Bus People, and the Trouble With Hero Complexes

There are two kinds of people that ride on public transport. Bus People and people who just catch the bus. Now, unless you have any experience with public transport, you probably don’t really understand the difference, so allow me to explain. *ahem* The latter are people who have no other means of getting from A to B and just want to get to their destination without getting beaten up or stabbed. The former are the kinds of people who do the beating up and stabbing; otherwise known as the Bus People.

I currently only hold a learner permit and don’t own a car so when I have to get somewhere that isn’t within walking distance, I often have to rely on busses. The problem with that – apart from the fact that I hate people and busses were made to cart large groups of them at once – is that the bus I have to catch most often just so happens to go from one bad area to another. Which means I usually have to catch the bus with vulgar, loud mouthed, drug addicted and often unwashed cretins, who have fifteen billion scummy kids and count ‘professional dole bludger’ as the only job in their employment history. And that’s on a good day.

I had my most recent encounter with the Bus People just the other day. I boarded the bus with an elderly Asian man and four girls from a local high school. The girls were shouting so loud that even at the highest comfortable listening volume, I could hear them over my music and subsequently turned it off in disgust. The Asian man was sitting there, harmlessly minding his own business while the four girls screamed at him that he was a paedophile and a pervert for talking to them and following them onto the bus. The only words he spoke to them were regarding a pink sash one of the girls was wearing and the bus we were on was the last one for the day, so their claims were entirely unfounded. I tried to ignore them, since it wasn’t my place to intervene but when they started throwing things at the man and planning to steal the hat from his very head, I couldn’t sit back any longer. I turned to the ringleader of the group – a heavyset girl in ill fitting clothing, with uncombed hair and a foul mouth – and asked her if she had a problem. The juvenile aggressor proceeded to curse and sneer with false bravado, while I spoke calmly in the Asian man’s defence until she said to me, in a typical example of Bus Person dialogue, “do you wanna fuckin’ go, cunt?”, to which I responded by looking her straight in the eye and saying “sure. Let’s get off the bus at the next stop and have it out, shall we?”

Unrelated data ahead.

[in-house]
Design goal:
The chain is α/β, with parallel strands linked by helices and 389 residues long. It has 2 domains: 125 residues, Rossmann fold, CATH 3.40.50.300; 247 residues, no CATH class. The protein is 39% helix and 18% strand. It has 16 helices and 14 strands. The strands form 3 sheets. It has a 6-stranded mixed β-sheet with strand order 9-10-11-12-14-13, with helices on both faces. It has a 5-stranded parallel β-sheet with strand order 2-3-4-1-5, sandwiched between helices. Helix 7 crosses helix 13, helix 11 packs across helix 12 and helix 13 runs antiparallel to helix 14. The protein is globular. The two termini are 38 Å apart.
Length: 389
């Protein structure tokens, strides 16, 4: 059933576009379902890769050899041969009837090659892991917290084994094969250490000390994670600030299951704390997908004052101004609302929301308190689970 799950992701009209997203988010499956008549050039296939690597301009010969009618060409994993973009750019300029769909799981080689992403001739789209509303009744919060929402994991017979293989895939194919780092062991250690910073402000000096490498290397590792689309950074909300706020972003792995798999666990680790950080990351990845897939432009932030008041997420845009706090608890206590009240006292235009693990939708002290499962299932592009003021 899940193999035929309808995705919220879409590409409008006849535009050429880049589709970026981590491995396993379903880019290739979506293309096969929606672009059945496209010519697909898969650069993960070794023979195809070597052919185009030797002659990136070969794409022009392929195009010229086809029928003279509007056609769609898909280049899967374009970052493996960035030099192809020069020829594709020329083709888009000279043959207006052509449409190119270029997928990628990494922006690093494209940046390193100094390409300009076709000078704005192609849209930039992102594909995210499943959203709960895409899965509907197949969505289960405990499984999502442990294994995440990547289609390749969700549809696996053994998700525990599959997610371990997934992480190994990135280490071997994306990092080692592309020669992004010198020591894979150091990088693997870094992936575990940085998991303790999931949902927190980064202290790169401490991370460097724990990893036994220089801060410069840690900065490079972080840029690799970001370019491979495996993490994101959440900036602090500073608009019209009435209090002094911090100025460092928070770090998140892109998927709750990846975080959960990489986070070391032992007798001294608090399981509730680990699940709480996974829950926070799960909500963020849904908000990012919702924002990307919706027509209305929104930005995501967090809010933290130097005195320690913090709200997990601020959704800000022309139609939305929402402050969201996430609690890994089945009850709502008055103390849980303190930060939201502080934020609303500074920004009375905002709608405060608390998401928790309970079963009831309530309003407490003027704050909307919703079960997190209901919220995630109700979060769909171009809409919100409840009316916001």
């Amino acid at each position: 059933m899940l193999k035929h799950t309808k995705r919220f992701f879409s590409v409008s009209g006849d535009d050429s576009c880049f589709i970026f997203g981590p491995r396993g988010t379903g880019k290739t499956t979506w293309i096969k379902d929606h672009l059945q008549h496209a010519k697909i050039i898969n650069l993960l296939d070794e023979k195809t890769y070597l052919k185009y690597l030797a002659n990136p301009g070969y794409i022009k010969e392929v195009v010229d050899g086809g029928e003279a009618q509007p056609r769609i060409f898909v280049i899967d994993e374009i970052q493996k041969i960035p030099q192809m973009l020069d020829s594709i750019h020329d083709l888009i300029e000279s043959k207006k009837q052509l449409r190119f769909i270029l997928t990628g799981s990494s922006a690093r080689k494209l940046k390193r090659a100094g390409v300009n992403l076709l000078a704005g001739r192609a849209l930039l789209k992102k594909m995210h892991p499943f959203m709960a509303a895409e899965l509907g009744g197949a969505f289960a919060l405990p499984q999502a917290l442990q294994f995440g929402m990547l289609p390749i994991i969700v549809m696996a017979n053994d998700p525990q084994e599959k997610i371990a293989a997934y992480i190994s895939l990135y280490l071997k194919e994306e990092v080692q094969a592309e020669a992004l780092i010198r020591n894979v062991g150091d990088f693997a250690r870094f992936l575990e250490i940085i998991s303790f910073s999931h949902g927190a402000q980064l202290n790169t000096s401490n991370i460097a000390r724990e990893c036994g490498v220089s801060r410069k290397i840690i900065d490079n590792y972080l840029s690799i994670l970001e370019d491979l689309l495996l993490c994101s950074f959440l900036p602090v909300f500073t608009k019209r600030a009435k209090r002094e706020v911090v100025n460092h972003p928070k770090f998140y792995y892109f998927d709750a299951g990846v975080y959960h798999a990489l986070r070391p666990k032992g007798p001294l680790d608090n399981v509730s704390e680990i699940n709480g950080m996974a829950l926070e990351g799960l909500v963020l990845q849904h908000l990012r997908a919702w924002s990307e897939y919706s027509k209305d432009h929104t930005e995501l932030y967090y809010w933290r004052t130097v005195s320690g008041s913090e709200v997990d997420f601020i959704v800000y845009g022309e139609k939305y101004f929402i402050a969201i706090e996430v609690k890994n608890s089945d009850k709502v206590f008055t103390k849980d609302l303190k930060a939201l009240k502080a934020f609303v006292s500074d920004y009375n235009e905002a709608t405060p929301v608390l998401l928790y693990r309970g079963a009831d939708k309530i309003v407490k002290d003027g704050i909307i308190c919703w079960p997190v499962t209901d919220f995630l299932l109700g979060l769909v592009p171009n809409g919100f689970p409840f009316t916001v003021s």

Now at this point, all four girls stared at me, identical expressions of disbelief and discomfort mirrored in each of their faces. I don’t think they were expecting someone to actually call them out on their behaviour and then their empty threats and challenges. They didn’t say another word to me or the man, and got off two stops later. The rest of the trip home proved to be uneventful but the truth is that what I did was incredibly stupid. Had the girls actually decided that they wanted a fight, my pride would have obligated me to get off the bus and defend my challenge. And even though growing up with three siblings taught me a few things about fighting, I would have inevitably been beaten. Despite the fact that the girls were only fifteen, it was four against one and two of them both outweighed me by fifteen odd kilos. It was only fortunate that they were bluffing, or I’d have been a dead man. Or at the very least, a somewhat sore man. Woman. Whatever.

The trouble is that real life isn’t anything like comic books and having a hero complex can get you into some pretty serious bother. Helping your fellow man has become an exercise in futility. If you don’t help, someone else is going to get hurt and if you do help, chances are that you will. It’s no wonder so few people are willing to intervene when they see someone in trouble. It’s a sad world where fifteen year old girls are that cruel, catching the bus is something to be wary of and being a good person can actually have a negative outcome, but unfortunately this is the world we’re living in. And as awful as it sounds, I have had many similar bus experiences where I’ve done nothing, lest I draw the unwanted attention of the wrong people and end up on the business end of a paid of fists intent on breaking a few bones (hey, I wasn’t kidding when I said I catch a bad bus).

I don’t make a habit of coming to the defence of strangers because I’m not very big and if it came to a physical confrontation, I don’t know that I’d actually be able to put up much of a fight. Exercise in futility and all that. What I do know however, is that the sooner I have the means to get my licence, the better. And in the meantime, perhaps I should start carrying a can of mace spray. Or maybe just a mace. Because nothing says “I’m tough, don’t fuck with me” like a heavy spiked ball on a chain.

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